TAMPA — If anyone thought the passage of another year would dim the public's memory of a dead infant on the side of Interstate 275, they were wrong.
Jury selection began on Monday in the state's second attempt to convict Richard McTear Jr. of killing his girlfriend's 3-month-old son, who was tossed from a car window onto the highway. But from the outset, it was clear that the process of finding impartial jurors with little exposure to the facts of the case could be a marathon event.
Asked by a judge for a show of hands of who had read or watched news reports about the case, roughly half of the 200 prospective jurors raised their hands. By the end of the day, 135 of them remained, the others dismissed because they knew too much or had already passed judgment. Though many could recall only the vaguest of details, nearly everyone remembered that a baby had been thrown from a moving car.
One woman burst into tears when she was asked what she knew about the case. "It's just very disturbing," she said before she was excused.
"I thought the case had disappeared somewhere," said a man who reported for jury duty. "When I saw it on the sheet, the name McTear, I just cringed." He also was sent home.
Hillsborough Circuit Judge William Fuente has set aside four weeks for McTear's trial, one of them entirely for jury selection. Some of the difficulty in selecting 12 jurors to judge McTear is due to the Hillsborough state attorney's decision to seek the death penalty. The process of finding jurors who are willing to put someone to death is more rigorous and time-consuming than jury selection for any other kind of trial.
Florida law dictates that the same jury chosen to decide a defendant's guilt must stay on for the second portion of the trial, called the penalty phase. After hearing new arguments, the jury recommends either death or life imprisonment, advice to which the judges must give "great weight."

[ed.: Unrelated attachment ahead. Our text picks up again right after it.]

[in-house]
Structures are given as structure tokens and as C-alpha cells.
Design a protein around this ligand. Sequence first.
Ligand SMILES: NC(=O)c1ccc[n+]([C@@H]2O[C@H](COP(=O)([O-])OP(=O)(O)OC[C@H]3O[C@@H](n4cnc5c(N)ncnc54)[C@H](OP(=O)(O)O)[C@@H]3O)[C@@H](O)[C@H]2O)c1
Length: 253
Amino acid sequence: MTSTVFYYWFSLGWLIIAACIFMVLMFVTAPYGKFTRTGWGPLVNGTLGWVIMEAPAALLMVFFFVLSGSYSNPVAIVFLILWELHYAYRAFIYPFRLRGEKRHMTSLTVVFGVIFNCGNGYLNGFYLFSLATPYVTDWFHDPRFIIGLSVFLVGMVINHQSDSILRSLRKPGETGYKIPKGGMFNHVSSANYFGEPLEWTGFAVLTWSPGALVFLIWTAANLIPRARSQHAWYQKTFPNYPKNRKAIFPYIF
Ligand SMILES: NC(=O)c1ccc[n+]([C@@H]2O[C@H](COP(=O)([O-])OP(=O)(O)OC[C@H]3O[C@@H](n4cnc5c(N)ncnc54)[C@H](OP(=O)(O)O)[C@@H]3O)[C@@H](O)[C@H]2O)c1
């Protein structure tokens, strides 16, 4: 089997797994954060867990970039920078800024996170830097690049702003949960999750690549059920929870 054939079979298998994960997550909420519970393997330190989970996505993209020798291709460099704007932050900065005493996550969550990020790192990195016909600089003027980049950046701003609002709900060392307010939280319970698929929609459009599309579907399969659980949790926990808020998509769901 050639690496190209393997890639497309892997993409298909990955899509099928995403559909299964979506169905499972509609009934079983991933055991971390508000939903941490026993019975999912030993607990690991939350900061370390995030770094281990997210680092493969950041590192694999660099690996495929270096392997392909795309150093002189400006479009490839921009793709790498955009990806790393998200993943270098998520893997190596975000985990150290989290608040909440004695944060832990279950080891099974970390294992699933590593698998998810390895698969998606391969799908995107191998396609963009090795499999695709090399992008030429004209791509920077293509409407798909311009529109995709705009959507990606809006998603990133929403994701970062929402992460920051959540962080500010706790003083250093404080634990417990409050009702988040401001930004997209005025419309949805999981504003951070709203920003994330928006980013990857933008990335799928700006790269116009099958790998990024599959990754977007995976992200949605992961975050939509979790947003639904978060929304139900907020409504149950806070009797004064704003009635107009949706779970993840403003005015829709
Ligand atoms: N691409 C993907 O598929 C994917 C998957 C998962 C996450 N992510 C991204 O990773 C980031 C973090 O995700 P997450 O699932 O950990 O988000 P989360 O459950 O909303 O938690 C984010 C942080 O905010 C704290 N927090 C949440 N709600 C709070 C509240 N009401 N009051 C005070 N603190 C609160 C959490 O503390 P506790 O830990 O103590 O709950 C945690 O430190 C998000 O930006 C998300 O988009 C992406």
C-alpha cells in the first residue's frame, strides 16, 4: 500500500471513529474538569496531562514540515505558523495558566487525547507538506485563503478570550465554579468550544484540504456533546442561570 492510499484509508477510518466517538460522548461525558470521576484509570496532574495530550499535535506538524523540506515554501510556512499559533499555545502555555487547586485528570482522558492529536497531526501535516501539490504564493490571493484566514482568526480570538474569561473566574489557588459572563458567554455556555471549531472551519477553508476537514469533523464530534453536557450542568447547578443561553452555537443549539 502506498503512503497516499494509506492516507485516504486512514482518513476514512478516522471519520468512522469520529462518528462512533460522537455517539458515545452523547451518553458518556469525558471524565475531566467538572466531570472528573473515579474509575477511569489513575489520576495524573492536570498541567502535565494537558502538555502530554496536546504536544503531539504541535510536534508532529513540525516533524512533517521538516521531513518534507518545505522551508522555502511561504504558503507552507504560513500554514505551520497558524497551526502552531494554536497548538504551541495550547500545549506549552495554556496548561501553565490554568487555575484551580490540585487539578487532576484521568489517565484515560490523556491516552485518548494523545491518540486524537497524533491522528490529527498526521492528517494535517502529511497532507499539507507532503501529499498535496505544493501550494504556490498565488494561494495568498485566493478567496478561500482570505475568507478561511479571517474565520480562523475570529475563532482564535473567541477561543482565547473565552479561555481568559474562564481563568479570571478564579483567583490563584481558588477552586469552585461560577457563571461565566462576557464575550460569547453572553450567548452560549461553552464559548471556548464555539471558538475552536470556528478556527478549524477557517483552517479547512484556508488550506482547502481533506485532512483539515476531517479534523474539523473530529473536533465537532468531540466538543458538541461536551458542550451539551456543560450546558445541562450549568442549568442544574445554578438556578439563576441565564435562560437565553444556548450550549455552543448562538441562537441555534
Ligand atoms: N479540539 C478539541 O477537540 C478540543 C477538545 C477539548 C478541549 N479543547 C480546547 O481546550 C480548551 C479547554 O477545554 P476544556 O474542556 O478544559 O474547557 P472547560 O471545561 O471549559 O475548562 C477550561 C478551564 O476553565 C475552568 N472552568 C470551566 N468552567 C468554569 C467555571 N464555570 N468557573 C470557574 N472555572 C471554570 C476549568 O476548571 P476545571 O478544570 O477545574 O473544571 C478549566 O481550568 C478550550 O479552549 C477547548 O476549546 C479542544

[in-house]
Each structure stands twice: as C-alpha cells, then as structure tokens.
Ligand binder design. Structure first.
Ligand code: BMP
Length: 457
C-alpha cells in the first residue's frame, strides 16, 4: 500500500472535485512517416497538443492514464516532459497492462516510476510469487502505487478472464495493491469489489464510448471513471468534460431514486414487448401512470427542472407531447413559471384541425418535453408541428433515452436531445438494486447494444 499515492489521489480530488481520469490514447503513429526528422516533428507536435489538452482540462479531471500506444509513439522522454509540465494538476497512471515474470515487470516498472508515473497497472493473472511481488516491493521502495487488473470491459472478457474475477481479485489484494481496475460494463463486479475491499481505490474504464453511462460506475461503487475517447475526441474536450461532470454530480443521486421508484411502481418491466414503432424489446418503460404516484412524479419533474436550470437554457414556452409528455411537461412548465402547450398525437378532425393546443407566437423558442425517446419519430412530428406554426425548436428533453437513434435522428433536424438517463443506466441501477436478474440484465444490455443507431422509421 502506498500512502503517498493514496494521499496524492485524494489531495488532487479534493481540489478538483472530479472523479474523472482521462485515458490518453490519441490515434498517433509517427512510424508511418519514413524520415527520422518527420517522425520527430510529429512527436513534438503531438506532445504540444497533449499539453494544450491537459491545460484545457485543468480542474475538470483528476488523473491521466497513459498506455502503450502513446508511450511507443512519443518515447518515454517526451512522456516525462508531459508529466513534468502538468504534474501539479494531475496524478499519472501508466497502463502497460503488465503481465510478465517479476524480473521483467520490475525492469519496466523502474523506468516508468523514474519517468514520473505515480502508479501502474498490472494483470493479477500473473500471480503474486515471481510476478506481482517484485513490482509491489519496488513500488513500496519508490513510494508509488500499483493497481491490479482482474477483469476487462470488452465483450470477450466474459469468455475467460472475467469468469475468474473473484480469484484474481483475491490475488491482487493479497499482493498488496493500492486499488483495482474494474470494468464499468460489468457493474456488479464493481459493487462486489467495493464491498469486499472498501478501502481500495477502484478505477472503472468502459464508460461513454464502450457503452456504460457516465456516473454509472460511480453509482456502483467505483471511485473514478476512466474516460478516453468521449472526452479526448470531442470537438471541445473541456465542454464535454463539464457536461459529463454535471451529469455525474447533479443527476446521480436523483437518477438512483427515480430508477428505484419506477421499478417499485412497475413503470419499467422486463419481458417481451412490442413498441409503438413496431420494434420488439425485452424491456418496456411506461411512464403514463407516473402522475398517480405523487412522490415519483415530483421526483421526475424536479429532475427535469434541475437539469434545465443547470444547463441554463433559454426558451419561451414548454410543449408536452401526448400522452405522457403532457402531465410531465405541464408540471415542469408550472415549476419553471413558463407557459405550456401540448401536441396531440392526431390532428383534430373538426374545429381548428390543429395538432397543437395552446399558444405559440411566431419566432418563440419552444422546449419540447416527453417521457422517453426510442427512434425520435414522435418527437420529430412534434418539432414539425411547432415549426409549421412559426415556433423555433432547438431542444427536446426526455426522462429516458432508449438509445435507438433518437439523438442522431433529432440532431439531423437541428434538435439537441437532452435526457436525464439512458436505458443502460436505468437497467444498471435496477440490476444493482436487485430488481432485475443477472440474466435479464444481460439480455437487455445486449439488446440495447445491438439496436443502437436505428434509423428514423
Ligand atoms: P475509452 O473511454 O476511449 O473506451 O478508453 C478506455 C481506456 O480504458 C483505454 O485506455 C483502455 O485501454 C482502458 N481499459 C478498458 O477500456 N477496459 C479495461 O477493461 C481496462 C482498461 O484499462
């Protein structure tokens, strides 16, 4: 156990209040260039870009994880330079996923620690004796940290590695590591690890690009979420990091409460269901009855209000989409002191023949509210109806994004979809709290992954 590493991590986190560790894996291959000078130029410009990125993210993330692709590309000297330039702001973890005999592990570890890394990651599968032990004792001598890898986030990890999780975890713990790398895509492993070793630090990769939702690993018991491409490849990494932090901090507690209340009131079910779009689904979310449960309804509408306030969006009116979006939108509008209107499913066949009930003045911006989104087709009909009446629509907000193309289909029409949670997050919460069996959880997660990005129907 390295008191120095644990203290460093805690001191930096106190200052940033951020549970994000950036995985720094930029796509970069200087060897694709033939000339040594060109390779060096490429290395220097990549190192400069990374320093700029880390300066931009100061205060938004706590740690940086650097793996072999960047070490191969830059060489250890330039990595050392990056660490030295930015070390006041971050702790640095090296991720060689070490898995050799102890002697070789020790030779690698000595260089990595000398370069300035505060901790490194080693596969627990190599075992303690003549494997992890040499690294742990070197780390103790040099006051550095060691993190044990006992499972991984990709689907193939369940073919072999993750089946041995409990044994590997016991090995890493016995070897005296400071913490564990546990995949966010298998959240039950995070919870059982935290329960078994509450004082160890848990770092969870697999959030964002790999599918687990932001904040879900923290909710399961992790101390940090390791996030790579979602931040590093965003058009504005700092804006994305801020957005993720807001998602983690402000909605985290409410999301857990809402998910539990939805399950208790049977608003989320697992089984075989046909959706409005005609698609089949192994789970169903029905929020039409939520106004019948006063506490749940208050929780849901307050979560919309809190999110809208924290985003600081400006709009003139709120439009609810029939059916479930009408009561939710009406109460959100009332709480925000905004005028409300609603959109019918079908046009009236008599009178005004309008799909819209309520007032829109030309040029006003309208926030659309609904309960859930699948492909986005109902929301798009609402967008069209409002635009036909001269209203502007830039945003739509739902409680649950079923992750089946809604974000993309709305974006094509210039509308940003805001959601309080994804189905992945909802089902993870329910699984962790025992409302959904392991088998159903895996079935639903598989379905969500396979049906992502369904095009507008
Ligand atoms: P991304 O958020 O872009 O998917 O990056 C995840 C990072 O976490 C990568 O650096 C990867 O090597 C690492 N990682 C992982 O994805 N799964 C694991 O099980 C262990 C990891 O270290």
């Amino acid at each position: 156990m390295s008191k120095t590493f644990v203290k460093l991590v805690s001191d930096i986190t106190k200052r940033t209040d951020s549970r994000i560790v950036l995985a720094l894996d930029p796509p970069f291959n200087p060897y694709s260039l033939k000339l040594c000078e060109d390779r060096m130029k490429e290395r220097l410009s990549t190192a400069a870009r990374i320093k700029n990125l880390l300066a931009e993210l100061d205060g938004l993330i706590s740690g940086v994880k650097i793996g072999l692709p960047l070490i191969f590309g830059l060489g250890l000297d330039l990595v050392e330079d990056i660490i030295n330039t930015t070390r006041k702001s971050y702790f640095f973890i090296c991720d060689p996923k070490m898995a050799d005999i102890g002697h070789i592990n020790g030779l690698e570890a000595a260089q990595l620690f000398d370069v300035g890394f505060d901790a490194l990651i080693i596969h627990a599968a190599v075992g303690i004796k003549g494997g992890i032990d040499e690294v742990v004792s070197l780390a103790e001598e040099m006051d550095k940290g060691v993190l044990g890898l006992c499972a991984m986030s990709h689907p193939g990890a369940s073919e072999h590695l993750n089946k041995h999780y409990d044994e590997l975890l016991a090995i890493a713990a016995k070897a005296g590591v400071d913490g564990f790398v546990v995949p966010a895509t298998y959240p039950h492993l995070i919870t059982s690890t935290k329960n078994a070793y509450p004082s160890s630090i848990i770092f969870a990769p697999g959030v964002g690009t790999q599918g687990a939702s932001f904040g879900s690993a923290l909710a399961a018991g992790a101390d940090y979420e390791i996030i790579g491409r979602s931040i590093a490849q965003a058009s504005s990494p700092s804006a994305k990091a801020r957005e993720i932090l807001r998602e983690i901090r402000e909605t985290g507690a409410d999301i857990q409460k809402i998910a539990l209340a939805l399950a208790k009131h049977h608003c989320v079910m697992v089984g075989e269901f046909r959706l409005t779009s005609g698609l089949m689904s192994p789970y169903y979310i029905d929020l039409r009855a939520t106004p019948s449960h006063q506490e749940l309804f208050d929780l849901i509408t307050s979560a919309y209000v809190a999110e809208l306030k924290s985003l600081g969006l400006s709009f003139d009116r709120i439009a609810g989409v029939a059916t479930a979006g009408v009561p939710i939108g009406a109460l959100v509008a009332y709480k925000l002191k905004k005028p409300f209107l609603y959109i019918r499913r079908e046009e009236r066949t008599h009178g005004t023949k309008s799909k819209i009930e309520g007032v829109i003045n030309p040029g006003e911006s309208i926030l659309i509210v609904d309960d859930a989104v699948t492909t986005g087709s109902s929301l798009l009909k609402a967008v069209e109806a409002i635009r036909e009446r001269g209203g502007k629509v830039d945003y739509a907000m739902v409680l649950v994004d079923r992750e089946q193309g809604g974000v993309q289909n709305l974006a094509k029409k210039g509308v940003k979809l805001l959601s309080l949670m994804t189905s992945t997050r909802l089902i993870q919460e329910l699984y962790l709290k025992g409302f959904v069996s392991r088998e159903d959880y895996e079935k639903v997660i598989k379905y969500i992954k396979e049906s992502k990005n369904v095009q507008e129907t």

McTear's first murder trial in 2013 ended abruptly days after it began when the baby's mother, Jasmine Bedwell, testified about threats McTear allegedly made toward her infant son. The alleged threats were related to earlier charges of which McTear had been acquitted and were not supposed to be discussed at trial. Bedwell's unexpected comments led the judge to declare a mistrial.
Five years have passed since the day in May 2009, when Emanuel Wesley Murray Jr. was found dead on the side of Interstate 275 near Fowler Avenue. Now 26 years old, McTear appeared in court on Monday looking more baby-faced than he had at the time of his arrest. After slipping on a tie that his attorney had knotted, he pulled on an oversized suit jacket to complete the look of a child dressing in his father's clothes. His father watched from the back of the courtroom.
Law enforcement authorities said McTear, who was not the boy's father, attacked Bedwell and her son in her apartment. He is accused of throwing Emanuel onto the concrete, then driving off with the boy and tossing him out the window of a moving car. His car was found abandoned an hour after a passer-by spotted the baby.
The day before Emanuel died, Bedwell was scheduled to appear in court to seek a restraining order against McTear, but she never showed. In her request for protection, she claimed that McTear had violent tendencies, mental health problems and was armed and dangerous.
Attorneys for McTear have called Bedwell's credibility into doubt. She is the prosecution's key witness, and the only person, defense attorneys say, who has placed McTear in her apartment immediately before the baby's death.
Contact Anna M. Phillips at firstname.lastname@example.org or (813) 226-3354. Follow her @annamphillips.